But it creates a problem; by opening the aperture, we let a lot more light in to the sensor and everything gets brighter. Probably too bright, so something needs to give… At this point what we do is apply a filter to the front of the lens called an ND filter. It makes everything darker. Expensive production cameras have them built in.
- Thirdly – once you’ve got your frame and you’ve got it looking nice, then bring in your key light.
Having made everything darker, you then need to draw attention to your subject by shining a light at them. This is the Key Light.
Your key light is the light which illuminates the face of the subject. For this we use the Aperture LS 600D .I love this light more than life itself. It’s like having the sun in a suitcase. For us, it means we can create a source of light which looks like it is coming from outside the room, because we can put it outside the room and shine it in. We also shine it through a modifier of some sort to ‘soften’ it and make it look natural.
Get a torch, shine it directly at your subject. This is ‘Harsh’ lighting. Now shine it through tracing paper. Note the difference.
In this way, you can make creative decisions about how bright you want your subject to look and how much they stand out.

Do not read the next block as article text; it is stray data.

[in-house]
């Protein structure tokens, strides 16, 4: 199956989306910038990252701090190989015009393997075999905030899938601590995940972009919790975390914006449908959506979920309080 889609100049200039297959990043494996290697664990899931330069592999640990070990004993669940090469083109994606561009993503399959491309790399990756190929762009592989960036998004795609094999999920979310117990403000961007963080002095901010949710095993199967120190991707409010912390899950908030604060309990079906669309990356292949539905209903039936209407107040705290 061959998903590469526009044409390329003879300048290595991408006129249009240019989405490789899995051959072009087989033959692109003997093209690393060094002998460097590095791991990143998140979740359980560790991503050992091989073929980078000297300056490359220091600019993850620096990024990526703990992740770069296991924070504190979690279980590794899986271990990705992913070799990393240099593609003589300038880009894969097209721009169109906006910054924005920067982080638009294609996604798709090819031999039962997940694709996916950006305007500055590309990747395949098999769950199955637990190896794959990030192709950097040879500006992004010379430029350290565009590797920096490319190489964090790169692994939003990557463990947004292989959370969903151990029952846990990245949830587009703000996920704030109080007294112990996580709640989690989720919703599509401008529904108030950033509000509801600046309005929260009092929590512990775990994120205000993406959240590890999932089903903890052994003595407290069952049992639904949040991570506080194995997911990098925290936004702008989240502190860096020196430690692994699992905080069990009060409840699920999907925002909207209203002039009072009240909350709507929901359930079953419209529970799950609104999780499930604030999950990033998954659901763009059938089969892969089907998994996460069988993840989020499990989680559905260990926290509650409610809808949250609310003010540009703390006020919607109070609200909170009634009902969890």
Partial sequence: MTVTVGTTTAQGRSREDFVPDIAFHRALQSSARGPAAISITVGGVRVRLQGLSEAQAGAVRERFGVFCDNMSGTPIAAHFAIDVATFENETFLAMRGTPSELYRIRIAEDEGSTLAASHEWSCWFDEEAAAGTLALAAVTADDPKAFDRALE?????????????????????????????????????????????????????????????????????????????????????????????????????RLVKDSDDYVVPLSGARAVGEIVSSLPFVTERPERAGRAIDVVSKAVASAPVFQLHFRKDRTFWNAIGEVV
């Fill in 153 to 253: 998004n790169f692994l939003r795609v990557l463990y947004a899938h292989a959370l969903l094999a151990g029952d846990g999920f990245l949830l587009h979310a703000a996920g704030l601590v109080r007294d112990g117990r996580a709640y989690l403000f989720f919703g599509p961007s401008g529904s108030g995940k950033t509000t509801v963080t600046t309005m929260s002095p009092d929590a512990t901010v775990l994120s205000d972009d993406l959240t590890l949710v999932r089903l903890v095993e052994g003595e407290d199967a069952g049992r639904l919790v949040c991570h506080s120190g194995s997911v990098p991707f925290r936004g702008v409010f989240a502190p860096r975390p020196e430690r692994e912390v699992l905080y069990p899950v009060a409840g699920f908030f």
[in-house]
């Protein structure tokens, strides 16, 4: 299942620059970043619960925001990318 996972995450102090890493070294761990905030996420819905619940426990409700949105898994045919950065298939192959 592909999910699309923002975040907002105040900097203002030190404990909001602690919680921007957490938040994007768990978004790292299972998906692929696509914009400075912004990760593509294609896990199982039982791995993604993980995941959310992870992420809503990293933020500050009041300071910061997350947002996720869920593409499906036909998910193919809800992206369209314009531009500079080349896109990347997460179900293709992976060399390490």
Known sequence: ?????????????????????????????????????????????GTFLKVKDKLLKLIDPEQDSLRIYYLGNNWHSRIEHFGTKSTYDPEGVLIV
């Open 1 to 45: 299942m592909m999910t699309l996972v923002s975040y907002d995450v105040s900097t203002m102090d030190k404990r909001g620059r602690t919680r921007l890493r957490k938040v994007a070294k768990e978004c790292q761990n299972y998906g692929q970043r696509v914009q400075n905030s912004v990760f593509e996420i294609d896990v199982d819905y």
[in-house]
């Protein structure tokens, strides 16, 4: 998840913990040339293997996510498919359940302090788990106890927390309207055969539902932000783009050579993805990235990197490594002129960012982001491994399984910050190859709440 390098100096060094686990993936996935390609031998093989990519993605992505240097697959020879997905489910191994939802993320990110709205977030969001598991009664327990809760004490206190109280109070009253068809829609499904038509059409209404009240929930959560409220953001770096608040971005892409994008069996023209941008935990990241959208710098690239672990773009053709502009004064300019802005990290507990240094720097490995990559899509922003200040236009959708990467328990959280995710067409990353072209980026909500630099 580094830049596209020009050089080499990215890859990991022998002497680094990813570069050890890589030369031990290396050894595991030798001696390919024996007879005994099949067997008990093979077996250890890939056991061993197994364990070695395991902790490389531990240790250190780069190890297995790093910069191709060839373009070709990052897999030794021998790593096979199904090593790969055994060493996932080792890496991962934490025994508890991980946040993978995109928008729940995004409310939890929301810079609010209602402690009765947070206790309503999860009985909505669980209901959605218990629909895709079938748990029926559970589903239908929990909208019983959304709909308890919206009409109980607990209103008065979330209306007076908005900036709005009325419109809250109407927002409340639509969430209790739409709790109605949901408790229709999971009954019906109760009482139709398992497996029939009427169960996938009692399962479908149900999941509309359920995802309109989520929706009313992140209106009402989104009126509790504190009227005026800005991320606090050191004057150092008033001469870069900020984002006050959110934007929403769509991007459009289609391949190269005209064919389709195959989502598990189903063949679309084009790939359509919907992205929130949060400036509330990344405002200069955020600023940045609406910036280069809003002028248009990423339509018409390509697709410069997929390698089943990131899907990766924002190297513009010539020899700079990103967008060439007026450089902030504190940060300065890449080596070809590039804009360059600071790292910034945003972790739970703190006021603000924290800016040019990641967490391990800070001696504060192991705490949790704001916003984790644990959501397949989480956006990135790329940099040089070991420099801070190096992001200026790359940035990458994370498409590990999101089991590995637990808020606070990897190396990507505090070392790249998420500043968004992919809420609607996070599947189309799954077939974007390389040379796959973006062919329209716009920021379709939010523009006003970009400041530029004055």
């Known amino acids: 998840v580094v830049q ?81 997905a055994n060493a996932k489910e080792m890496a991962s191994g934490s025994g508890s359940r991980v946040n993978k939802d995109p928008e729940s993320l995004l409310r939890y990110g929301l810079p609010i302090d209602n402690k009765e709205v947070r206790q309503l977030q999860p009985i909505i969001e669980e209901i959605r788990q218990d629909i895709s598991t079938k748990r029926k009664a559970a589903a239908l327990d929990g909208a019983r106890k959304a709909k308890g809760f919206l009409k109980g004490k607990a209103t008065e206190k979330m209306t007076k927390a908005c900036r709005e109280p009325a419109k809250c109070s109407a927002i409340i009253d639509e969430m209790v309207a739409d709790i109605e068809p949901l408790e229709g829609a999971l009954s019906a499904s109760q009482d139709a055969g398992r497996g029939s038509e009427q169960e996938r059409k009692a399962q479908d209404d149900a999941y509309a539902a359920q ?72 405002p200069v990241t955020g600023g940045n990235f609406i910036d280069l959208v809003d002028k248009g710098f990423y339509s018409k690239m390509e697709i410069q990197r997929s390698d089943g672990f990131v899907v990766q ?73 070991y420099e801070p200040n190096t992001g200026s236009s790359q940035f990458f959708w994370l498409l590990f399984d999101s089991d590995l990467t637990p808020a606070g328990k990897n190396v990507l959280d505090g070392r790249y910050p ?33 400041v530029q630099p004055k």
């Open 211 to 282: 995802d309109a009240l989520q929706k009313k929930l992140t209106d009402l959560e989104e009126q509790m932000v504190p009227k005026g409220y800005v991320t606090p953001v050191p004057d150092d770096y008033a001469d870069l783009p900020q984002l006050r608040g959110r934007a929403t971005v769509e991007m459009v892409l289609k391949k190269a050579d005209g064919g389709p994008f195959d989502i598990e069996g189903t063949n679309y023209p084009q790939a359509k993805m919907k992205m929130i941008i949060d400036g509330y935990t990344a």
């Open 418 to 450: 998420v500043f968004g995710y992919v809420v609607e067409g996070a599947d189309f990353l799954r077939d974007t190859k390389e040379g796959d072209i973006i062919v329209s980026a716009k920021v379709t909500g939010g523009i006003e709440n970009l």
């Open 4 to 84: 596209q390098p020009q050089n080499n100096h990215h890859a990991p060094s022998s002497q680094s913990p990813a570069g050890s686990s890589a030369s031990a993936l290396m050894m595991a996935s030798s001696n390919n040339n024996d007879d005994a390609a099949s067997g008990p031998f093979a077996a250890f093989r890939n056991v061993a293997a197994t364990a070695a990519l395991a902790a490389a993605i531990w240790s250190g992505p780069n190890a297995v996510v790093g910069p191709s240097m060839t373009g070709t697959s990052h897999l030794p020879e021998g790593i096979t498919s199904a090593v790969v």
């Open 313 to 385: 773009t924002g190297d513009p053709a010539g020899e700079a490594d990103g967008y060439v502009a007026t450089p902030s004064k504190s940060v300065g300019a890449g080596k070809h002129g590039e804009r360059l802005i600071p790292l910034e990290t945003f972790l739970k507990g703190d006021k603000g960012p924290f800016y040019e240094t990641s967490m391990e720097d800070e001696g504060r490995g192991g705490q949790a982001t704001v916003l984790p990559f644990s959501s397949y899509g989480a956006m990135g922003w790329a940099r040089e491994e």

However, a source of light can be just a window. The problem with windows is cloud. When a cloud blows over the light goes down. If you have a sexy camera like we do (Sony FX9) you can set it to automatically adjust the ND filter and keep the exposure the same. If you don’t, your video will look slightly more rubbish. But this is natural order of things and why you hire us. You might also want to reflect the light back. You can use a sheet, foil, paper, a white floor or wall…anything at all.
- Fourthly – is that a word? – consider the background. Remember – we made it really dark? We now need to make decisions about how bright the background should be.
You’ll see no expense has been spared in this post, especially in the graphic design. However, I love the lighting on this video and it’s a great example.
It might be that you’ve stopped with the key light. In this case, we have more to play with. The second bit of the lighting – is the ‘hair’ light. If you shine light onto someone’s head and shoulders from the opposite way you lit their face, you’ll get a very subtle silhouette. It makes the subject stand out just a little bit. In the case above, this was provided on the hoof with an existing light source.
The last part are the colors in the background. The red textures I have illustrated here are provided by Aperture MC’s. They are little credit card size lights and we use them all the time in our videos. Here –
– we use them to create a completely different backdrop color from a really boring (sorry guys!!) wall:
Anyway, hope that was useful to you. There is tons more to talk about. Remember Ozark? If you’ve been following this carefully, you’ll remember I was saying about how it’s necessary to open the aperture to de-focus the background, but this makes everything else really bright? In Ozark everything is always dark…but they are always stood in front of windows in which the backgrounds also appear correctly exposed?
It’s because there is film stuck all over the windows darkening everything and giving the crew control over the light inside the room.
Ahhhh. I’m a total geek. Thankfully you’ll never have to watch a film with me as I drool all over the lighting techniques.
Give us a call if you’re thinking about a project.